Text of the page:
So you want a gun?

| Nathan Geffen
Photo source: Wikipedia.

Do you want to buy a firearm for protection? Many people do because of the high rate of violent crime in South Africa. But is it sensible? Will a gun make you more secure or will it put you and your loved ones in greater danger?

When it comes to crime, perception is often out of kilter with reality. Many people believe South Africa is becoming more dangerous or that it is just as dangerous as it was ten or 15 years ago. Yet, according to SAPS, serious crime has declined from over 5,000 incidents per 100,000 people in 2003 to about 3,600 in 2011.1 Homicides have declined from over 21,500 in 2000 to less than 17,000 in 2009.2 This is still very high; murder accounts for about 3% of deaths and there are even more murders than the large number of road deaths.3 South Africa is a dangerous place.

Your risk of being murdered is vastly different depending on where you live. Sea Point Police Station reported 37 murders from April 2003 to March 2012. In the same period, Nyanga Police Station reported nearly 2,300 murders, the highest of any police station in the country.4 There is a strong link between living in a poor neighbourhood and the risk of being murdered.

As with the perception that crime is getting worse in South Africa, the perception that having a firearm will make you safer is not supported by evidence. In 2000, the Firearms Control Act was passed, making it harder to buy a firearm. Since then, the rate of firearm ownership has declined. Gun Free South Africa estimates that gun ownership has dropped from about 13 per 100 people in 1998 to less than 6.5 This appears to be a good thing because along with the drop in the number of homicides there has been a drop in the number of homicides caused by firearms, from over 11,000 in 1999 to fewer than 8,500 in 2007.6 Now correlation does not imply cause, but it does suggest it. We can’t be sure that the decline in homicides and gun-related homicides in particular is due to lower gun ownership but it is plausible that it is.

Data from the United States offers compelling evidence that buying a gun is more likely to cause tragedy than prevent it. Using police and medical records, researchers reviewed all shootings in three US cities over a year. Their key finding is sobering for potential and current gun owners, “For every time a gun in the home was used in a self-defense or legally justifiable shooting, there were four unintentional shootings, seven criminal assaults or homicides, and eleven attempted or completed suicides.”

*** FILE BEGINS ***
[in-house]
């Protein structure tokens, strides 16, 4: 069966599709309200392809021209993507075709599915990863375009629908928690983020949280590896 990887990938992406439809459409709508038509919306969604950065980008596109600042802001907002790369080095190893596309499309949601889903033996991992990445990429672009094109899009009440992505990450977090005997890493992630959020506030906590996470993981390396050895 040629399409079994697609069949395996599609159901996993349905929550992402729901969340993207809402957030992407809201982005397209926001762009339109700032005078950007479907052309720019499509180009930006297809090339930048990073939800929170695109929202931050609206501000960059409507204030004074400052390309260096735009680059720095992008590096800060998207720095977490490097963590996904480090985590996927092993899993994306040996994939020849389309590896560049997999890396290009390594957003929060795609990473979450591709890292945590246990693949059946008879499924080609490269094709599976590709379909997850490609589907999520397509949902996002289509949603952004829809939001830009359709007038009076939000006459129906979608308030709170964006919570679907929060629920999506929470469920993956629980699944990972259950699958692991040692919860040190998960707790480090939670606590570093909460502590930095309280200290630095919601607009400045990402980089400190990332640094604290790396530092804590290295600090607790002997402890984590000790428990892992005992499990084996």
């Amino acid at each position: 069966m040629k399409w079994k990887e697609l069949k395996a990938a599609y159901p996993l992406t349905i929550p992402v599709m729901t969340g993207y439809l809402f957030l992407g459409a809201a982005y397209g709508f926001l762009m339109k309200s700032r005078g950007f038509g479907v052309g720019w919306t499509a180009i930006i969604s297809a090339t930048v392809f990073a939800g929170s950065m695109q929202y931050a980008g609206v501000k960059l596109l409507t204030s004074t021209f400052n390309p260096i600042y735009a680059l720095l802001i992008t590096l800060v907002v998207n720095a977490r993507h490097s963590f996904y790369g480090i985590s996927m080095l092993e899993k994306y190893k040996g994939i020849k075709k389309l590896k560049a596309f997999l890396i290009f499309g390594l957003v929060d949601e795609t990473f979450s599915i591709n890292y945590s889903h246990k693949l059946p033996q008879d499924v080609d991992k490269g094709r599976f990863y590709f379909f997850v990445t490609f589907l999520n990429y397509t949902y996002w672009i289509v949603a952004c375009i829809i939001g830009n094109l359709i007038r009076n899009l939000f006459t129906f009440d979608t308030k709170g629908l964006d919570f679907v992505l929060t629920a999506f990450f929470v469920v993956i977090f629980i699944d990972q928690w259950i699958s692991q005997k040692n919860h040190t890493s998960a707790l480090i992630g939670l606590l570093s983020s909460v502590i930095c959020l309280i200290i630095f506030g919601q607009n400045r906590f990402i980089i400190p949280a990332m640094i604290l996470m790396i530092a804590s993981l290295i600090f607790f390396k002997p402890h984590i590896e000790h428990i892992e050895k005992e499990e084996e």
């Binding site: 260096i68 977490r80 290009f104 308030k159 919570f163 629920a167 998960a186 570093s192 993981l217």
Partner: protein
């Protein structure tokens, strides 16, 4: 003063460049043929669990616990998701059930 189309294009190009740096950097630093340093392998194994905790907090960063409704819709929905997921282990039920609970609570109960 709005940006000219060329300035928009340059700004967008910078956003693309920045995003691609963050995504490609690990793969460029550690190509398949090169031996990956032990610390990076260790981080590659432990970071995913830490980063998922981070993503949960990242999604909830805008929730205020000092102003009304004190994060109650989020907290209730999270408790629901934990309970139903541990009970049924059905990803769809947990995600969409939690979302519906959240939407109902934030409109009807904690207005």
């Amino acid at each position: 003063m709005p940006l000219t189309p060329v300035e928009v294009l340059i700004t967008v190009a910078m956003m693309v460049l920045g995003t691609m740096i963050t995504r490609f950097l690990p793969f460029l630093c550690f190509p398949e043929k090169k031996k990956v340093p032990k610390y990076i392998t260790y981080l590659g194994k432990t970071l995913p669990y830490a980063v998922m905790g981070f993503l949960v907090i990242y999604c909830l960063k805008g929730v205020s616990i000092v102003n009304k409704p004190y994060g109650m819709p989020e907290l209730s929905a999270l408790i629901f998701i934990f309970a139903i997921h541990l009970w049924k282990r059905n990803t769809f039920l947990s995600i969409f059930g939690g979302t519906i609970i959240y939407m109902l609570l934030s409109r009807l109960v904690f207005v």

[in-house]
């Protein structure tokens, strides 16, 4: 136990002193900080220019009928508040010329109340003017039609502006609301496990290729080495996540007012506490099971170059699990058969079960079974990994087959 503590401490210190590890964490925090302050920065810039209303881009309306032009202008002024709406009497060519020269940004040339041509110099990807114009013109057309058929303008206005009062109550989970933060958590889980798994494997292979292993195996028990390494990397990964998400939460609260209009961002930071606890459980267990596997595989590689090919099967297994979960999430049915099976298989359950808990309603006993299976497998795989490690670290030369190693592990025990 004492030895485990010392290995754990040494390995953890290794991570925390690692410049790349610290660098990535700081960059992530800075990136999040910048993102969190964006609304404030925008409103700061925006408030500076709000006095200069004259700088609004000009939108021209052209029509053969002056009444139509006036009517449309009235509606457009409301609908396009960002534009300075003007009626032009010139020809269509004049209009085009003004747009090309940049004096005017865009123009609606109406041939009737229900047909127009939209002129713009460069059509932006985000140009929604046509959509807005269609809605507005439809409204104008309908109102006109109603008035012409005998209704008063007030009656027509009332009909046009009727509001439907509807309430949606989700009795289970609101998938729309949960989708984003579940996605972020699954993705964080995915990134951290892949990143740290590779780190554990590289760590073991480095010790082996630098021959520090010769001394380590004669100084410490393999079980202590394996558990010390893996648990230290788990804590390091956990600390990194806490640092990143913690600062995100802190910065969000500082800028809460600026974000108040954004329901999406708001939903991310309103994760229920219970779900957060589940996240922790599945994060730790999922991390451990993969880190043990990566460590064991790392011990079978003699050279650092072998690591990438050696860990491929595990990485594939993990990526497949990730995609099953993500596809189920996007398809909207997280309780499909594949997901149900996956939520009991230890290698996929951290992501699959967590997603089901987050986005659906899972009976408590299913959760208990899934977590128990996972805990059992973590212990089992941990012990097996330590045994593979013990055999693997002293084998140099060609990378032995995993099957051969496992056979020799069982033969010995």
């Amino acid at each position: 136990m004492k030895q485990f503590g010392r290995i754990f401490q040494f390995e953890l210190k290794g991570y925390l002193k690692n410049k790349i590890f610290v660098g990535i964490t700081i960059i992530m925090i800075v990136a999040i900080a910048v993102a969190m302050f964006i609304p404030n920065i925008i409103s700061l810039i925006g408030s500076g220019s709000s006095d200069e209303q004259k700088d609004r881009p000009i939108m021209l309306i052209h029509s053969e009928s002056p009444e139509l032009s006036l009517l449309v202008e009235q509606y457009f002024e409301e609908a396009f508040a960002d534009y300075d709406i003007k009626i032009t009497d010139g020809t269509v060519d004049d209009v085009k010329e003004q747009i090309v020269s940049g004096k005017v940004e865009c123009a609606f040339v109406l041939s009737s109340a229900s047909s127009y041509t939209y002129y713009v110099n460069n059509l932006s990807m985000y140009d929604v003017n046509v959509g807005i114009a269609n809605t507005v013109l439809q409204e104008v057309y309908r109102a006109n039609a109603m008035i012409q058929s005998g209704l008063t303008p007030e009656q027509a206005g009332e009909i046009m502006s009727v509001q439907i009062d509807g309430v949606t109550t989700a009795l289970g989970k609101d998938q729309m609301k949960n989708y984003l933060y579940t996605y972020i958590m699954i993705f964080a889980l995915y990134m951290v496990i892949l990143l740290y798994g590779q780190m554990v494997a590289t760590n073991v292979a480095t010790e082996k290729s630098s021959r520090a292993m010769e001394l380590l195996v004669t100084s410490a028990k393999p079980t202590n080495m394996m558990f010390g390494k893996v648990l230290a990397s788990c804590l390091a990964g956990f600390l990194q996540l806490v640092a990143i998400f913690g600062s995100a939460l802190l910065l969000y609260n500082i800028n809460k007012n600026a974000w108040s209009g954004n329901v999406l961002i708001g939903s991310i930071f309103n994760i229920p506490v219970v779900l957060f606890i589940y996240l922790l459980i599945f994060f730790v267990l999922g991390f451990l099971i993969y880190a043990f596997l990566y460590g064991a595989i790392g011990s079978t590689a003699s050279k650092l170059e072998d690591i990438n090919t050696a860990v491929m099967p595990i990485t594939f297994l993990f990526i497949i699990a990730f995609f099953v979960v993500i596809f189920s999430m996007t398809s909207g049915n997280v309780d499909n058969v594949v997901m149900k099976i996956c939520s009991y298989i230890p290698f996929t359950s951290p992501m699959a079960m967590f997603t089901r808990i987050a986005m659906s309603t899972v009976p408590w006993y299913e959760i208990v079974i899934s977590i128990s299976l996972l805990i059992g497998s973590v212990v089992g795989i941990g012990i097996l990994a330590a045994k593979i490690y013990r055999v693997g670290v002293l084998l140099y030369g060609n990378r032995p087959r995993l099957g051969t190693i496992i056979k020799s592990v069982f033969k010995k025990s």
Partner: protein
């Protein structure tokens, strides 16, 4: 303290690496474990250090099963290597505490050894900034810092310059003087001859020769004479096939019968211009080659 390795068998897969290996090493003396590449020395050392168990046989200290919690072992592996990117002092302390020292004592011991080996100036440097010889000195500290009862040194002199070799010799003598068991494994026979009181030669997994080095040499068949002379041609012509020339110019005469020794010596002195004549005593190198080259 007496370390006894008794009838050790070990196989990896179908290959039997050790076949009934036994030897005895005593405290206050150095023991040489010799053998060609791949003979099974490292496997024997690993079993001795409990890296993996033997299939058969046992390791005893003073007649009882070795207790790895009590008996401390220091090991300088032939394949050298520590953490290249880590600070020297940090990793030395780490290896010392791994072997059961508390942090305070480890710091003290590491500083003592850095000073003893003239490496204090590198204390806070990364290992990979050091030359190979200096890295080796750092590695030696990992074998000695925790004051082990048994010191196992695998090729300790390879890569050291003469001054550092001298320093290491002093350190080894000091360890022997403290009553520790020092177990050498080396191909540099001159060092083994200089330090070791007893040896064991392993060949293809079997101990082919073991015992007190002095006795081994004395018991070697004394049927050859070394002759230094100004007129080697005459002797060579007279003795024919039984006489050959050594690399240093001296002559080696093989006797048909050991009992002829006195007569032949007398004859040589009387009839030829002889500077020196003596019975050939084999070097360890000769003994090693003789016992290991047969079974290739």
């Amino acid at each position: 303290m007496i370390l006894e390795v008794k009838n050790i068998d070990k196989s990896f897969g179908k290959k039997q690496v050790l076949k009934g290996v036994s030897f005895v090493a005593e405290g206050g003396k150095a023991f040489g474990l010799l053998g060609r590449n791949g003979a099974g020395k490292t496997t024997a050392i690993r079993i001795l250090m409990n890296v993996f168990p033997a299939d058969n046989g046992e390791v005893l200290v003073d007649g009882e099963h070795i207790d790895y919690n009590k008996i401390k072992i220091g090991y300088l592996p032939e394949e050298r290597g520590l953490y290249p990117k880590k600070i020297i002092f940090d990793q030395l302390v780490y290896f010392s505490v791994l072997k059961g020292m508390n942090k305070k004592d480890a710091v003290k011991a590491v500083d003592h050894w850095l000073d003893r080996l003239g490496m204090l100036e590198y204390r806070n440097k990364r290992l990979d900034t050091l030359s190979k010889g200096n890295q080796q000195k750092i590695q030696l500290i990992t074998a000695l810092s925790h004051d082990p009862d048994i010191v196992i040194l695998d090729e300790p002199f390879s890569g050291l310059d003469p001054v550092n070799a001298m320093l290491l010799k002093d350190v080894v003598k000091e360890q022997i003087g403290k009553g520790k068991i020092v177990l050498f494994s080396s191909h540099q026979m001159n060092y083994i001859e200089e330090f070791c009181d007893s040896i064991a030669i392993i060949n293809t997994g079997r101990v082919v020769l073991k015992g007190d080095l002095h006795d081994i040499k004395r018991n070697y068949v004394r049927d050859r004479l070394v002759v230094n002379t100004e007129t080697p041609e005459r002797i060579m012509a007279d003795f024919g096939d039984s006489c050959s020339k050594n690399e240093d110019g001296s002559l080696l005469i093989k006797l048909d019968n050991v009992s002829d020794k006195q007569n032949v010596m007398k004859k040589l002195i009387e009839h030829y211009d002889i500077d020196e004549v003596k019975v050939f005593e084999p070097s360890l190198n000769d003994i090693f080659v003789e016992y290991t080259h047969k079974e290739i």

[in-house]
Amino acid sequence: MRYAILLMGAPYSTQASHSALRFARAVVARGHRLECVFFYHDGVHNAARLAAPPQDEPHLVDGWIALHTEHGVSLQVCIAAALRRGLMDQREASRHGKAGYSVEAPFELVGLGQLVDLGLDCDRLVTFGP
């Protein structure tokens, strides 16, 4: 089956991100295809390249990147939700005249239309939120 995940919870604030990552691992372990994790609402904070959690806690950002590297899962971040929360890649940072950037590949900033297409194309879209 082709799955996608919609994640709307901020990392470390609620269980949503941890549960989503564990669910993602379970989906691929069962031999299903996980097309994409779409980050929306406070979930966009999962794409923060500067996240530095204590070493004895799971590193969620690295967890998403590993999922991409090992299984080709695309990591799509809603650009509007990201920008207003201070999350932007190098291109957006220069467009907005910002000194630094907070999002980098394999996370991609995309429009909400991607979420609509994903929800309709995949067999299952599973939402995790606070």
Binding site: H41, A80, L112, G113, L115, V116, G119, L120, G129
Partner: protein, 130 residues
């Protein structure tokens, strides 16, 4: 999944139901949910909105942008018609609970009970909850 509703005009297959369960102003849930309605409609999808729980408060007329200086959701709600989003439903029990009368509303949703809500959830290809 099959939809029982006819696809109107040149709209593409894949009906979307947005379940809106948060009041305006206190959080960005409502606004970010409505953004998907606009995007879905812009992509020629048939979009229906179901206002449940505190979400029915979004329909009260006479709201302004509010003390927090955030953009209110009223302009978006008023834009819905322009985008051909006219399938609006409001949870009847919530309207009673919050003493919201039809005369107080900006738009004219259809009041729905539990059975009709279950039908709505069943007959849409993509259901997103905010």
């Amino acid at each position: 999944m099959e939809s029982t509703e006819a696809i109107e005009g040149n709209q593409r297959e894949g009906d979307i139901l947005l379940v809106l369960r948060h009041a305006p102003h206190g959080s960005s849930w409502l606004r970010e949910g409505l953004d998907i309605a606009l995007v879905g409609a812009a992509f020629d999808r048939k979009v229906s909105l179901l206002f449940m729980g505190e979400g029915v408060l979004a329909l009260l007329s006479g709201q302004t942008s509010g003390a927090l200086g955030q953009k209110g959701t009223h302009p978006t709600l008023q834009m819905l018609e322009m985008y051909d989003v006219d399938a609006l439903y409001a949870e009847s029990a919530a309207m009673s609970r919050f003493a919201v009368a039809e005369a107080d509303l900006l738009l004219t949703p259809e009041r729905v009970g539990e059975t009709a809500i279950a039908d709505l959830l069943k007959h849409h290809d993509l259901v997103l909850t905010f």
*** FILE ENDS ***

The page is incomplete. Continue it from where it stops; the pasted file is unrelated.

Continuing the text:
Here are some more disturbing facts from the US, all quoted from a recent article published in Mother Jones.7:

  • In 2011, nearly ten times more people were shot and killed in arguments than by civilians trying to stop a crime.

  • A study in Philadelphia found that an assault victim was 4.5 times likelier to get shot if he carried a gun. His odds of being killed were 4.2 times greater.

  • In a survey, nearly 1% of Americans reported using guns to defend themselves or their property. However, a closer look at their claims found that more than half involved using guns in an aggressive manner, such as escalating an argument.

  • A woman’s chances of being killed by her abuser increase more than seven times if he has access to a gun.

In Australia a gun buyback programme, introduced by the conservative John Howard government in response to a mass-shooting in Tasmania in 1996, nearly halved the number of gun-owning households. An analysis found that this resulted in a significant drop in suicides and homicides, with the firearm suicide rate dropping by 80%.8

When I tweeted some of these facts a few days ago, one person, who describes himself as “anti-statist”, tweeted back, “So the inference is the criminality, misfortune & stupidity of others should restrict the rights of others?”

Putting aside that I did not explicitly advocate for gun control, I have these questions for the anti-statist tweeter, or to anyone who believes they are responsible enough to own a hand gun for protection:

  • Are you sure having a gun will not tempt you into criminal behaviour or that you will not do something stupid with your gun that results in someone being tragically and innocently hurt?

  • Are you sure you will never, in anger or fear, use your gun irresponsibly?

I imagine that before Oscar Pistorius shot dead Reeva Steenkamp on Valentine’s Day he would have proclaimed himself a “responsible” gun owner and answered yes to these questions.

With permission of Zach Wiener. Please note that this cartoon is not under GroundUp's Creative Commons licenseWith permission of Zach Wiener. Please note that this cartoon is not under GroundUp’s Creative Commons license


  1. SAPS. 2012. Crime Statistics Overview RSA.…

  2. UNODC. 2011. ‘Homicide in 207 Countries - South Africa.’ Global Study on Homicide 2011: Trends, Context, Data; Statistical Annex (with online datasets), pp. 103-125. Vienna: United Nations Office on Drugs and Crime. 6 October. Cited in, South Africa — Gun Facts, Figures and the Law. 

  3. Stats SA. Mortality and causes of death in South Africa, 2009: Findings from death notification. (Note the 3% figure I have cited is calculated by dividing the number of homicides into total deaths.) 

  4. SAPS homicide statistics by police station are available here: 

  5. See the Fast Facts section on the front page of Gun Free South Africa’s website: 

  6. UNODC. Homicide Statistics. 

  7. Gilson, D. 2013. 10 Pro-Gun Myths, Shot Down. 

  8. Leigh, A. et al. Do Gun Buybacks Save Lives? Evidence from Panel Data. American Law and Economics Review. doi: 10.1093/aler/ahq013. 

TOPICS:  Crime

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